Amazon Won't Build Its New Headquarters in New York City

The company was expected to receive almost $3 billion in tax breaks and other government incentives in exchange for opening its new corporate office (as well as a helicopter pad for Amazon CEO Jeff Bezos). Dennis Van Tine/Alamy

It looks like Amazon’s year-long search for a so-called second headquarters was all for naught. After selecting New York City as one of two new campuses in November, the company is now saying never mind. Amazon announced Thursday that it will no longer open a highly anticipated corporate office in Long Island City, Queens, which was expected to eventually employ 25,000 people. The Washington Post first reported the NYC deal was in jeopardy last week.

“You have to be tough to make it in New York City. We gave Amazon the opportunity to be a good neighbor and do business in the greatest city in the world. Instead of working with the community, Amazon threw away that opportunity,” Mayor Bill de Blasio said in a statement .

While the majority of New Yorkers welcomed Amazon’s coming to Queens, the company also faced intense backlash from local lawmakers, unions, and citizens who said the corporation brokered an unfair agreement with the city, the state, and its taxpayers. The company was expected to receive almost $3 billion in tax breaks and other government incentives in exchange for opening its new corporate office (as well as a helicopter pad for Amazon CEO Jeff Bezos).

Critics of the deal, like congresswoman Alexandria Ocasio-Cortez , state senator Michael Gianaris, and city councilman Jimmy Van Brammer, complained about the lack of information they were provided and the enormous subsidies Amazon would receive from the local government. Activists and lawmakers also raised concerns over Amazon’s labor practices and its anti-union track record. Neither Ginaris or Van Brammer immediately responded to a request for comment.

Amazon appeared to blame this pushback for its decision Thursday. “For Amazon, the commitment to build a new headquarters requires positive, collaborative relationships with state and local elected officials who will be supportive over the long-term,” the company said in a statement. “While polls show that 70% of New Yorkers support our plans and investment, a number of state and local politicians have made it clear that they oppose our presence and will not work with us to build the type of relationships that are required to go forward with the project we and many others envisioned in Long Island City.”

Amazon says that it will nonetheless continue to expand its presence in New York City, where 5,000 of its employees already work. And the retail giant will go forward with its other new proposed offices in Nashville, Tennessee and Northern Virginia. However, Amazon says it will not reopen the HQ2 search.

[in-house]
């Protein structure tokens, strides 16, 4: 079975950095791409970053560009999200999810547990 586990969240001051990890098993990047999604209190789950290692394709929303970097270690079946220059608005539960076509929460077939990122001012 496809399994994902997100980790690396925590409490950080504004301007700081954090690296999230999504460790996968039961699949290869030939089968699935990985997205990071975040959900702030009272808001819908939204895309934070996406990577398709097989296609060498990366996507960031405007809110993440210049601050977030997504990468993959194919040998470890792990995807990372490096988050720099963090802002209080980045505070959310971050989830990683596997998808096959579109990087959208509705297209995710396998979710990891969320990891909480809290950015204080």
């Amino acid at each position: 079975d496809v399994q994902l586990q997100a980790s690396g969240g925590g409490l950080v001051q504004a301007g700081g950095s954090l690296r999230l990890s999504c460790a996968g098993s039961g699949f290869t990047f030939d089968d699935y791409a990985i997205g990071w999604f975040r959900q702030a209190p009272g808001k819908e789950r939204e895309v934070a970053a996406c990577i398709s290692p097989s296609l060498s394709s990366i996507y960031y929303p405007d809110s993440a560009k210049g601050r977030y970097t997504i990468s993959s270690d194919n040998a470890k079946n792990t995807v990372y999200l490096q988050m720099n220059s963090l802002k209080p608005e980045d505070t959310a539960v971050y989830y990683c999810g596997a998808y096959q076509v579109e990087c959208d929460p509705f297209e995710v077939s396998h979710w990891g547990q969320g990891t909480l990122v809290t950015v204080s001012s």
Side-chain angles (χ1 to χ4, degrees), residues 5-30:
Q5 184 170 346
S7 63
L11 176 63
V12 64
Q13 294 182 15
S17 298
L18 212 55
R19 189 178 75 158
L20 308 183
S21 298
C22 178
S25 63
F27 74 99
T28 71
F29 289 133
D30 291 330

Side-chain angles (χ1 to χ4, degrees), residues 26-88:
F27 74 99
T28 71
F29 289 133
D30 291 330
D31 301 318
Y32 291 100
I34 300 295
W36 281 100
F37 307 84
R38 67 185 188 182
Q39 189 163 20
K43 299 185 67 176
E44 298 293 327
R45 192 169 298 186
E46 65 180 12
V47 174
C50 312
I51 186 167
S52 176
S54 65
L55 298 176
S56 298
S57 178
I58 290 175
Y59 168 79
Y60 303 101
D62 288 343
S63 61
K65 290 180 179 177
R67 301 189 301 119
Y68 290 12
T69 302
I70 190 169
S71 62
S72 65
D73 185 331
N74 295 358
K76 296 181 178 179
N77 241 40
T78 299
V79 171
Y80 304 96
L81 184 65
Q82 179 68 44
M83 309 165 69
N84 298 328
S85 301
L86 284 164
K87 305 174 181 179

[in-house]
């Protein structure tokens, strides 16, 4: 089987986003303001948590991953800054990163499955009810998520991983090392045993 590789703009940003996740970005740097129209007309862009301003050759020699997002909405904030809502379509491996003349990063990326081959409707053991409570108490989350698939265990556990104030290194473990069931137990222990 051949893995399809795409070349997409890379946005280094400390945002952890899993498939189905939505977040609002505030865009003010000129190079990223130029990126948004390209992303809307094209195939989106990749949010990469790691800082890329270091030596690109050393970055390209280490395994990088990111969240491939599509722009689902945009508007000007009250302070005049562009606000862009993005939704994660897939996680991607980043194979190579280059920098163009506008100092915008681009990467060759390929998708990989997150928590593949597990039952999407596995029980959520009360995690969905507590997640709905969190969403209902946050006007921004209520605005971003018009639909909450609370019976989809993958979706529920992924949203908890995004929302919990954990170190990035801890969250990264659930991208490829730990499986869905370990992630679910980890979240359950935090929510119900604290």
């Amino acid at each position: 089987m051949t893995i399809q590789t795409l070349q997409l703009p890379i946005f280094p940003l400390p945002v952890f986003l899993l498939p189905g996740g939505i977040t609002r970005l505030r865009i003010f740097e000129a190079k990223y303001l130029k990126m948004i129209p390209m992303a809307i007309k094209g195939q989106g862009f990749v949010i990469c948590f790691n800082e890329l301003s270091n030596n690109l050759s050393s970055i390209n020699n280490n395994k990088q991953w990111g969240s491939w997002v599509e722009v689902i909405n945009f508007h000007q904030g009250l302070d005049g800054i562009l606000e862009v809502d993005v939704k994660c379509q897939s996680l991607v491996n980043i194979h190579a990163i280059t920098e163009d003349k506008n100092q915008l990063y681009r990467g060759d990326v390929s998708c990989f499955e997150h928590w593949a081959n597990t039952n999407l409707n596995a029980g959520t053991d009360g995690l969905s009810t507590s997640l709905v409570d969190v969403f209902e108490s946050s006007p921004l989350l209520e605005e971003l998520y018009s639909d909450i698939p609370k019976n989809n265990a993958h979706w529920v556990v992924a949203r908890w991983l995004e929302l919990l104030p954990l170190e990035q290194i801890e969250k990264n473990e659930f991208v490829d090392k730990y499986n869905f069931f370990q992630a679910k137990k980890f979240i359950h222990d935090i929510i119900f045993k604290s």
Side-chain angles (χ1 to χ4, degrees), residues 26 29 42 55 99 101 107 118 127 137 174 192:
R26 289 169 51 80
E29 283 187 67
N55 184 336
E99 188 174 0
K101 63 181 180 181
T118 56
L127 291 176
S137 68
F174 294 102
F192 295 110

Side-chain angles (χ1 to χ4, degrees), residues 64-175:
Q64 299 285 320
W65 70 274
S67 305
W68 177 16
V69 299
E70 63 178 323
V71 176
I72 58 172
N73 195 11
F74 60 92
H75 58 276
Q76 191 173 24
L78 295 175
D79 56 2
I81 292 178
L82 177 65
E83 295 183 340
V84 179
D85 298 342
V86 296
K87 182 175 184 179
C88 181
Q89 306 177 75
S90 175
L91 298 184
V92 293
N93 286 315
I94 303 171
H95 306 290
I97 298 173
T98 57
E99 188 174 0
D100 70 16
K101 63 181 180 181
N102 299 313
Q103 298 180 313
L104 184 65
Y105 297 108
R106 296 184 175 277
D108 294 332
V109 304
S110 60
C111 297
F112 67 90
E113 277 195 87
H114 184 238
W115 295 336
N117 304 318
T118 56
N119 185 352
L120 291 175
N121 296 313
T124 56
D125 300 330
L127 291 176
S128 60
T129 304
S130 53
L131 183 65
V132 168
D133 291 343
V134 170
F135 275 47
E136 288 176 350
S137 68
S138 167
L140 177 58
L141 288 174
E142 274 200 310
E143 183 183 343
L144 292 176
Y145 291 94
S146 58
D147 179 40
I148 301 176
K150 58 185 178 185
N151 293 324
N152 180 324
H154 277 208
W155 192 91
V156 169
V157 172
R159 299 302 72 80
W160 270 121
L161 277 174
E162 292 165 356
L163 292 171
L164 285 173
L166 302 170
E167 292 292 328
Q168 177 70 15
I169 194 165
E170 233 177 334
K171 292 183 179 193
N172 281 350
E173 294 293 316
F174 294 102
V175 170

In its statement, Amazon repeatedly thanked de Blasio and New York Governor Andrew Cuomo, who teamed up to lure Amazon to their jurisdiction without much oversight or transparency. “The steadfast commitment and dedication that these leaders have demonstrated to the communities they represent inspired us from the very beginning and is one of the big reasons our decision was so difficult,” reads the statement, which isn’t attributed to an individual executive.

“This should be a gut check. Not on what did these politicians do wrong, but on what New York did wrong in the process,” says Nathan Jensen, a government professor at the University of Texas Austin and coauthor of Incentives to Pander: How Politicians Use Corporate Welfare for Political Gain . “It’s the governor and the mayor that miscalculated—they tried to impose something on local government that wasn’t an easy sell.”

https://twitter.com/JimmyVanBramer/status/1096105999050702848

Local politicians like Ginaris and Van Bramer, who represent the neighborhood where Amazon's office would have been, were outspoken about what they saw as an opaque process, and a deal that amounted to “ corporate welfare .” Earlier this month, Ginaris was nominated to sit on the Public Authorities Control Board, where he could have had the power to veto parts of the deal, setting up a potential showdown in Albany.

Amazon’s deal in Queens also became a rallying cry for labor activists and union organizers, who staged a series of protests during hearings over its NYC expansion at New York City Hall. In December, a group of employees at Amazon’s recently opened fulfillment center in Staten Island said they were organizing a unionization campaign with the Retail, Wholesale and Department Store Union. “Rather than addressing the legitimate concerns that have been raised by many New Yorkers Amazon says you do it our way or not at all, we will not even consider the concerns of New Yorkers—that’s not what a responsible business would do,” Chelsea Connor, Director of Communications for RWDSU, said in a statement.

A number of critics celebrated Thursday’s announcement as a victory. “Today was the day a group of dedicated, everyday New Yorkers & their neighbors defeated Amazon’s corporate greed, its worker exploitation, and the power of the richest man in the world,” Ocasio-Cortez tweeted .

Amazon’s public competition for a second headquarters began in late 2017, when it invited cities across North America to submit bids to be the home of its new corporate offices. 238 proposals were entered, and a media circus quickly ensued. The highly-publicized search ultimately shined a light on an historically secretive process: how corporations have benefited enormously from taxpayer funds. Amazon now appears tired of the backlash, and Thursday’s announcement sent a message: it won’t try to make nice with its critics.

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